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Prospects Daily: Global equities and the dollar slump on concerns about the looming US government shutdown, Japanese manufacturing sector business sentiment at 30-month high, Romania’s central bank cuts its benchmark interest rate

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Financial Markets… Global equities and the dollar slumped on Monday as concerns about a looming U.S. government shutdown (its first one in 17 years) rattled investor sentiment. The benchmark MSCI world equity index fell 1% as the MSCI Asia Pacific Index tumbled 1.5%, the Stoxx Europe 600 Index dropped 1%, and the S&P 500 index slumped 0.8% in morning trading session. The dollar was down 0.6% against basket of six major currencies (measured by DXY index), especially against the Japanese yen and the Swiss Franc. In contrast, U.S. treasuries advanced, with the benchmark 10-yar note yield sliding to a 7-week low, as risk aversion rose amid impending shutdown.
 
Lingering political turmoil in Italy unnerved investors, sending the country’s government bonds and stocks lower today. Former Prime Minister Silvio Berlusconi withdrew a support for a five-month old coalition government by ordering five center-right ministers to quit, leaving the nation without a functioning government. Italy’s 10-year bond yield climbed as much as 32 basis points to 4.73% in earlier trading but it fell back to 4.65% later. Milan’s FTSE MIB stock index was down 1.8% after plunging 2.5% in opening session.
 
High Income Economies…Driven by a fall in energy prices together with a slowdown in food inflation, the preliminary Eurozone annual inflation fell from 1.3% (y/y) in August to 1.1% in September, which is the lowest since February 2010.  The largest price increases were seen for food, alcohol and tobacco (2.6% (y/y), compared with 3.2% in August), followed by services (1.5%, compared with 1.4% in August).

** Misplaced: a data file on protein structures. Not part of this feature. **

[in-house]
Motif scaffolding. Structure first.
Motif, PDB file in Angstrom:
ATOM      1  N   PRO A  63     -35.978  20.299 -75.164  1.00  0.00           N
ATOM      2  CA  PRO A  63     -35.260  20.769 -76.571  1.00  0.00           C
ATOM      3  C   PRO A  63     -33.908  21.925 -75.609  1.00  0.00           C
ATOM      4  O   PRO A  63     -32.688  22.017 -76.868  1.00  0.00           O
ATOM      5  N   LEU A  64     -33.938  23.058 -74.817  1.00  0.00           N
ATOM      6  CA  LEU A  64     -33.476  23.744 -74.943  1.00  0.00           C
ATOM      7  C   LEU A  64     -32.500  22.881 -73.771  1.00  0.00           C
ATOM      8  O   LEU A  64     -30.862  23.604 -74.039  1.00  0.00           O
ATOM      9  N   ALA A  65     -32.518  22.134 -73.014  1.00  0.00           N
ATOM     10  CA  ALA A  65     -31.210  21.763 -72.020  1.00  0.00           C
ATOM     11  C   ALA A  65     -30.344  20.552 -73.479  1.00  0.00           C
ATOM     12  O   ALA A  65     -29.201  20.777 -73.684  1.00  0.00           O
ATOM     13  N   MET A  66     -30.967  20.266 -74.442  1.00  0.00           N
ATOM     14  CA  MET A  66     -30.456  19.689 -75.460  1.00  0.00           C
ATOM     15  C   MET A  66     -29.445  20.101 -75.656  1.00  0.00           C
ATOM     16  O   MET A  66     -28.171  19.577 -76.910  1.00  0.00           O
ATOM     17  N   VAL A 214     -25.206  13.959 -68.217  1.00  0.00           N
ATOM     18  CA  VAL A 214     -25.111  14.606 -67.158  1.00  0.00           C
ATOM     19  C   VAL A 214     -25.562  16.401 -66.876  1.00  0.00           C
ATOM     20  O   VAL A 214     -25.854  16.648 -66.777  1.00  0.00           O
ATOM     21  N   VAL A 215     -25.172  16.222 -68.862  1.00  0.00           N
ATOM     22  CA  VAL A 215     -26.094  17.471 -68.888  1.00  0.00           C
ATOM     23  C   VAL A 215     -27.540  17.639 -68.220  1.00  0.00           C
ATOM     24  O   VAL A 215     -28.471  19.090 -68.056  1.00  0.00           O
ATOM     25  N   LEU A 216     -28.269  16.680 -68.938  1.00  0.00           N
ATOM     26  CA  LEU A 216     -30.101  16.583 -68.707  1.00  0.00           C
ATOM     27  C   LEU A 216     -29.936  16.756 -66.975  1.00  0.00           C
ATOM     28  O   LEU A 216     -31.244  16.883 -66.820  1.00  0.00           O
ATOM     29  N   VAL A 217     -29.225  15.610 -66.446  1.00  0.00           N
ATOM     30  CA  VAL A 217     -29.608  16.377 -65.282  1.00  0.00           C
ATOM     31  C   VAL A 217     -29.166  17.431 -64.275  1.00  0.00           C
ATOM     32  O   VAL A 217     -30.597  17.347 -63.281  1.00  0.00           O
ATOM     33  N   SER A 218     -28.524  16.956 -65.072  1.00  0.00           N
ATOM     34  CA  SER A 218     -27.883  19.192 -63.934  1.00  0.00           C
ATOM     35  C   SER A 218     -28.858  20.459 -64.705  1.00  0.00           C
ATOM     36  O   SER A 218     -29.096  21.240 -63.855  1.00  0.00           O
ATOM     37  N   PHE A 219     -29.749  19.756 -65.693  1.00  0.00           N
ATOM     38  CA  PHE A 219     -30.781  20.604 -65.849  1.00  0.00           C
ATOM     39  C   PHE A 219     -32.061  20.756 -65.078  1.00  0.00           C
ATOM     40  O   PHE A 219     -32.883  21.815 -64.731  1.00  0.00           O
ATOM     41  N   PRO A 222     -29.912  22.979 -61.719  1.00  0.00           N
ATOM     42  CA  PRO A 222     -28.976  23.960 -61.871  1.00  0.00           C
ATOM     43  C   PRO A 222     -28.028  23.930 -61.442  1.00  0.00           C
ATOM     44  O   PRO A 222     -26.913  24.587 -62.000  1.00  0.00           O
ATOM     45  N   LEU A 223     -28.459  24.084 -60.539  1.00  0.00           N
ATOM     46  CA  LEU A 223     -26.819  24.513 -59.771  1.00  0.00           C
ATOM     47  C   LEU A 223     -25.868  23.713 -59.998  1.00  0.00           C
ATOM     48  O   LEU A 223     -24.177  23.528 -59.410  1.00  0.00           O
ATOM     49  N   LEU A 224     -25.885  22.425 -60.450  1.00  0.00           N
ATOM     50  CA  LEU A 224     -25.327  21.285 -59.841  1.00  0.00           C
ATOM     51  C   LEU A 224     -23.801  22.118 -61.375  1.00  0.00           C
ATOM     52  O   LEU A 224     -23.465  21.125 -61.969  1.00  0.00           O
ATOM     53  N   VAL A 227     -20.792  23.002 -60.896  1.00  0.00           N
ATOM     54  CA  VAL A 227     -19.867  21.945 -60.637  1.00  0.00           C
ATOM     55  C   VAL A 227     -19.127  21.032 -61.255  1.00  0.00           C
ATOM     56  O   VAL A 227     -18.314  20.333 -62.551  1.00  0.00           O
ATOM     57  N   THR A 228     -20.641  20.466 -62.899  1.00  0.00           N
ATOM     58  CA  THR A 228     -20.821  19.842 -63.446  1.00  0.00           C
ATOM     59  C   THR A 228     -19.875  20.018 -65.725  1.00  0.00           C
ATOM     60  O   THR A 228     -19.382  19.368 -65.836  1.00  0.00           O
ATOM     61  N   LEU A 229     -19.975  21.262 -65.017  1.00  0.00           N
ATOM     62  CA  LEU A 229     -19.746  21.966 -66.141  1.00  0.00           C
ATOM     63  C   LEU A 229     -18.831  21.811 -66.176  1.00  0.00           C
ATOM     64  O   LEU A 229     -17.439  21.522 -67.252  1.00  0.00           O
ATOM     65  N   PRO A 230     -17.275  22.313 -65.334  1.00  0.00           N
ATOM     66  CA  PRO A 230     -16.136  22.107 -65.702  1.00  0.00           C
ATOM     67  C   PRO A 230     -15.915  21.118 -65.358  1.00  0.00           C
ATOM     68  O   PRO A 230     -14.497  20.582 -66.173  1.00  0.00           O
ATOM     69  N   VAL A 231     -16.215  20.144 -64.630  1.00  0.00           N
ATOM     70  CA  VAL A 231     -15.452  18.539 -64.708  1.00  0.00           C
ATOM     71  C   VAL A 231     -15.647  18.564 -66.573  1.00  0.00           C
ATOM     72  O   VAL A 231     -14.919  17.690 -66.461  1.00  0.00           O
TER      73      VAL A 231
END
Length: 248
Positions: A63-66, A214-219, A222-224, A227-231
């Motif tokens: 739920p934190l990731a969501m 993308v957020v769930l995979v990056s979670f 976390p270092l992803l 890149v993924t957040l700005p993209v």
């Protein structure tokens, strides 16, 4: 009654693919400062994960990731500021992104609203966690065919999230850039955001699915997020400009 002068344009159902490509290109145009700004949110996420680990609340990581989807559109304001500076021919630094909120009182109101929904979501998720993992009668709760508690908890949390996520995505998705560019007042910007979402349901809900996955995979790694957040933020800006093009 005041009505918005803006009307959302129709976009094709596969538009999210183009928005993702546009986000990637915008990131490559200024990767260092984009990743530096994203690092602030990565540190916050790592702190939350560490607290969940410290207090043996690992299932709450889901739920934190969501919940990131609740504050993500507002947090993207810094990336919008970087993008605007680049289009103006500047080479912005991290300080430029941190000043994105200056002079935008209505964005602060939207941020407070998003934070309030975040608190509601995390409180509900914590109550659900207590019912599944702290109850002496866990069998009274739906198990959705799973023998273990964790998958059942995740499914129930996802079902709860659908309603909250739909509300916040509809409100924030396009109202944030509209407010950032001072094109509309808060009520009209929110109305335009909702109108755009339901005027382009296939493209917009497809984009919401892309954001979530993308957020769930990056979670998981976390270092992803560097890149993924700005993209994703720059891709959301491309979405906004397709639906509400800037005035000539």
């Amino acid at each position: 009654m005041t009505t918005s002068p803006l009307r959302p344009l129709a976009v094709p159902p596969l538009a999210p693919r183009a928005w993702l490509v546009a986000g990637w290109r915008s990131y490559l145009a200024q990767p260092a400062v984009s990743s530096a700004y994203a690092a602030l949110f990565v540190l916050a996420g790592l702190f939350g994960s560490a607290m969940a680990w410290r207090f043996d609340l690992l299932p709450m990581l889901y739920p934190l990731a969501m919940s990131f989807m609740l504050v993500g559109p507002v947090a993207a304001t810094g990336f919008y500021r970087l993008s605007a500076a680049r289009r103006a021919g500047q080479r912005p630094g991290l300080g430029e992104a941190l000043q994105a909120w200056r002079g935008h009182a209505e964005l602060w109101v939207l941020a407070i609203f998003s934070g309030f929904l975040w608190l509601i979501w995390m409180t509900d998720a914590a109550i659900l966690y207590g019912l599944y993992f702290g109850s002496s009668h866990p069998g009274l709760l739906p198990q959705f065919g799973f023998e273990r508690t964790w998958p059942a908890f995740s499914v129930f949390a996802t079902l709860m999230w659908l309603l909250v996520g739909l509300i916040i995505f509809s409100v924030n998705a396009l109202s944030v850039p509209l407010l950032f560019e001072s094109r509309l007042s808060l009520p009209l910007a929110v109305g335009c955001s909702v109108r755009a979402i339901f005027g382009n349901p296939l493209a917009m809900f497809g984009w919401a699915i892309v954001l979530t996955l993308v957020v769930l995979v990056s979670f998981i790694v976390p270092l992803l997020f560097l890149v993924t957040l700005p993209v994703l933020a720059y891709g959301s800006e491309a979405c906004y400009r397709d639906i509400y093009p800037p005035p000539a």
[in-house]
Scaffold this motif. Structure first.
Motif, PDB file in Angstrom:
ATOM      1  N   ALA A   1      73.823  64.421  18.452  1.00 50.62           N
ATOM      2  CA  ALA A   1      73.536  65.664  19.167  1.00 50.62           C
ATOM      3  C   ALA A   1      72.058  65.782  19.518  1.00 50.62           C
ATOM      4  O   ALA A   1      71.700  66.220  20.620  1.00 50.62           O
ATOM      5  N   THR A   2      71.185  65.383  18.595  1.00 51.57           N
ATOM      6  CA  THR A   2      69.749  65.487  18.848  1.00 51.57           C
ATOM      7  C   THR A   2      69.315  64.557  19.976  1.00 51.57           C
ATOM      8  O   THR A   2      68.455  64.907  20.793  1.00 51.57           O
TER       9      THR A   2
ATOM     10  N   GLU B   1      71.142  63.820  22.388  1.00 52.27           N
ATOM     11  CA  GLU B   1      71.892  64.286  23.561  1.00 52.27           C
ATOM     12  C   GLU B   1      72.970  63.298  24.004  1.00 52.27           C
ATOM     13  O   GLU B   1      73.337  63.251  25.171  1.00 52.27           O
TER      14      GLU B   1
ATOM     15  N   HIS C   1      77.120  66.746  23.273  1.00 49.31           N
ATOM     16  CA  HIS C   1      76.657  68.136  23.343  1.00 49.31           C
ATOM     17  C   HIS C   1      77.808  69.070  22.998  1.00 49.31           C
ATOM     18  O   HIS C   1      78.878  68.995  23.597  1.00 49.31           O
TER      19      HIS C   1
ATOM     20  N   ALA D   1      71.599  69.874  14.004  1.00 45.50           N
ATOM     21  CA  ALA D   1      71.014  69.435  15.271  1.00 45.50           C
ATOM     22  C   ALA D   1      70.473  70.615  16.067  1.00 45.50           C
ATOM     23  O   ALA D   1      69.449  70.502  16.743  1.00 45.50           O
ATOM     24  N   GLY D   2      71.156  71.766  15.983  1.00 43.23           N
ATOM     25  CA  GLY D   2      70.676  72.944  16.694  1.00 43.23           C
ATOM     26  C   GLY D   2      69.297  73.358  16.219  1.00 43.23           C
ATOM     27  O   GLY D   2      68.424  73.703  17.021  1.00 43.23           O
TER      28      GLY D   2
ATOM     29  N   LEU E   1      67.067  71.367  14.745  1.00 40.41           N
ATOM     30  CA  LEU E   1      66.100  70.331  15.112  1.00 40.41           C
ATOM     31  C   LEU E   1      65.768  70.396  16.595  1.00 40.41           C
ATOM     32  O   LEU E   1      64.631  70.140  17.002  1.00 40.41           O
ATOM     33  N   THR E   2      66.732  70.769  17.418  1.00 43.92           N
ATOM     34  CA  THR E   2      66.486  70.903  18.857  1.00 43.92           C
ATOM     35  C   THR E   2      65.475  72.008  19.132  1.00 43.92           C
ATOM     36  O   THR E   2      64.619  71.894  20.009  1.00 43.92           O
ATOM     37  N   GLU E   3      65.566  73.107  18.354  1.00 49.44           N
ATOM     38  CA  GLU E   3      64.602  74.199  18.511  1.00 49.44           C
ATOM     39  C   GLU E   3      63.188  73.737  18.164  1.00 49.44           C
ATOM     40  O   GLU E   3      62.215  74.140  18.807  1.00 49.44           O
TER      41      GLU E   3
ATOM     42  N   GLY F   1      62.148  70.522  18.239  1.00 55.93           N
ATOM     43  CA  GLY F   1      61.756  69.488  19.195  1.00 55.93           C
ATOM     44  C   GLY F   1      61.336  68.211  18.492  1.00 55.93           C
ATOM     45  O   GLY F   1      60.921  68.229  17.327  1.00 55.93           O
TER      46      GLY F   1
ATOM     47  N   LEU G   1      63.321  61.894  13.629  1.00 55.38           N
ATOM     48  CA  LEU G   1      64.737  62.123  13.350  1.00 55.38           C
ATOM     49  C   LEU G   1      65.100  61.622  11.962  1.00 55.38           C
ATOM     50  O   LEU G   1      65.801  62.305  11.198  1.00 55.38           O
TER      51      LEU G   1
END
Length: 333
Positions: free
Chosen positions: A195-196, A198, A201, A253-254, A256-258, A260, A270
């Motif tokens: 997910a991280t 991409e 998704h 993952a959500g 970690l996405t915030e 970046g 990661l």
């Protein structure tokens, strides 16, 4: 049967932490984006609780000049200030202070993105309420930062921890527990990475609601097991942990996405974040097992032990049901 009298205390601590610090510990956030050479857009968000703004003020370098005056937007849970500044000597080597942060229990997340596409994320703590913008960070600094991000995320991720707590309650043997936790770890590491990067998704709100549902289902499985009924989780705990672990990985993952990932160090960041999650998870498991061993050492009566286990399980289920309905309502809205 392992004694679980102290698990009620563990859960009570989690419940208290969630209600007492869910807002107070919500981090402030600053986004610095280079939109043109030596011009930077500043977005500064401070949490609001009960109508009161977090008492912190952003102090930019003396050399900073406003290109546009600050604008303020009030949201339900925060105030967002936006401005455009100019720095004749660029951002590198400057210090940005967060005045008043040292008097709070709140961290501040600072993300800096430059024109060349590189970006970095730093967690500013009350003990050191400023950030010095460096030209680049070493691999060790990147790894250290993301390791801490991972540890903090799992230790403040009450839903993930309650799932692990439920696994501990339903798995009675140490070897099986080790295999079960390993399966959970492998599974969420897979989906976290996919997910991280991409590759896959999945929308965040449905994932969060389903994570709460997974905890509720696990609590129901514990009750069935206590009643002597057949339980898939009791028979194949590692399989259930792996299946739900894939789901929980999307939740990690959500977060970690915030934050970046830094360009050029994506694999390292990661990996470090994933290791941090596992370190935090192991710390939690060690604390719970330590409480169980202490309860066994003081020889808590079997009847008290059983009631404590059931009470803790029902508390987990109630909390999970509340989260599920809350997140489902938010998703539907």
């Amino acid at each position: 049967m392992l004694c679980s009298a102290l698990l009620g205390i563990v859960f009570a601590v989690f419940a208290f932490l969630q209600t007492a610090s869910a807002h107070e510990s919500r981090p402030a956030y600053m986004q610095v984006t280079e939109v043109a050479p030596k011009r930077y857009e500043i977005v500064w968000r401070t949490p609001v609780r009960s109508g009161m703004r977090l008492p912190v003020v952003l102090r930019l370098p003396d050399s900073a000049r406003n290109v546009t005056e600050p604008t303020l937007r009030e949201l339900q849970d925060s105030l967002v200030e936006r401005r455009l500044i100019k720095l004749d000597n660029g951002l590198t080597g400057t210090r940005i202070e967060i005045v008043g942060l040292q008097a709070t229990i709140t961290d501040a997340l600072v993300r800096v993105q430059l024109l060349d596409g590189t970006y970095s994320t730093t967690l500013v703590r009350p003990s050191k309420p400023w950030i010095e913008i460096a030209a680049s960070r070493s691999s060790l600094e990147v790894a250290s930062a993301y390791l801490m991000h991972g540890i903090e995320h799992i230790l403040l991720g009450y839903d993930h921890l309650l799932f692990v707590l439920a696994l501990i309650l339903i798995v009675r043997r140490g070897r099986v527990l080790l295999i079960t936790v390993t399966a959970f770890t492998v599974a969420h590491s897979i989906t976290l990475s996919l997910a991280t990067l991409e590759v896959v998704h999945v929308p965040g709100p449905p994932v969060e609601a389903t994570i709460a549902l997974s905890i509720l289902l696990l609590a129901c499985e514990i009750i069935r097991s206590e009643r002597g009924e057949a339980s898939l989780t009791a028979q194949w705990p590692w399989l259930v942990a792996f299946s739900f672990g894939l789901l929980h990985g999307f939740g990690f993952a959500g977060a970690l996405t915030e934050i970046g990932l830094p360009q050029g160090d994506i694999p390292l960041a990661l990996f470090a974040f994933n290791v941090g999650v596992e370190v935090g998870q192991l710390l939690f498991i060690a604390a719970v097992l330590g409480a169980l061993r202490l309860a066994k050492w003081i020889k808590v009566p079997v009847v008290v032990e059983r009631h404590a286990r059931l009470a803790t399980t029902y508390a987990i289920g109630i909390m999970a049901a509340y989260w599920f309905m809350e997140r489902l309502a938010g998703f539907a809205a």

Japan’s manufacturing PMI rose from 52.2 in August to 52.5, the highest level recorded since February 2011 and above the 50.0 no-change mark for the seventh consecutive month.  Driving the improving business sentiment were the growth in new orders which rose at the fastest rate in over three years, and backlogs that grew at the fastest pace since April 2006.
 
South Korean industrial production increased from 0.3% (m/m sa) in July to a 1.8% gain in August the fastest pace for nine months on robust car (up 18.9% from July) and mobile phone production (11.1% from July).  On a three-monthly annualized basis, industrial production grew at 4.9% (3m/3m saar) in August up from the 1.1% decline in July.
 
Developing Economies… Europe and Central Asia: Romania’s central bank reduced its benchmark interest rate by 25 basis points to 4.25%, following a half percent cut enacted at the previous meeting. This marks the third time in a row that the central bank has reduced its benchmark rate, bringing it to its lowest level, as economic growth weakened and inflation eased.
 
Turkey’s trade deficit widened in August, rising 17% (y/y), as exports fell by 12.9% (y/y) and imports decreased by 3.9% (y/y). The main exports were vehicles other than railway, boilers, machineries and mechanical appliances. Germany was the top export destination, followed by Iraq and UK.
 
Sub-Saharan Africa: South Africa’s merchandise exports fell markedly in August, declining 7.6% (m/m) on account of a 23% contraction in sales of minerals products and a 7% (m/m) decline in exports of precious and semi-precious stones and metals. In contrast, imports fell 0.1% (m/m), driven by a 7% (m/m) decline in arrivals of machinery and electrical appliances and a 8% (m/m) fall in purchases of products of chemicals and allied industries.

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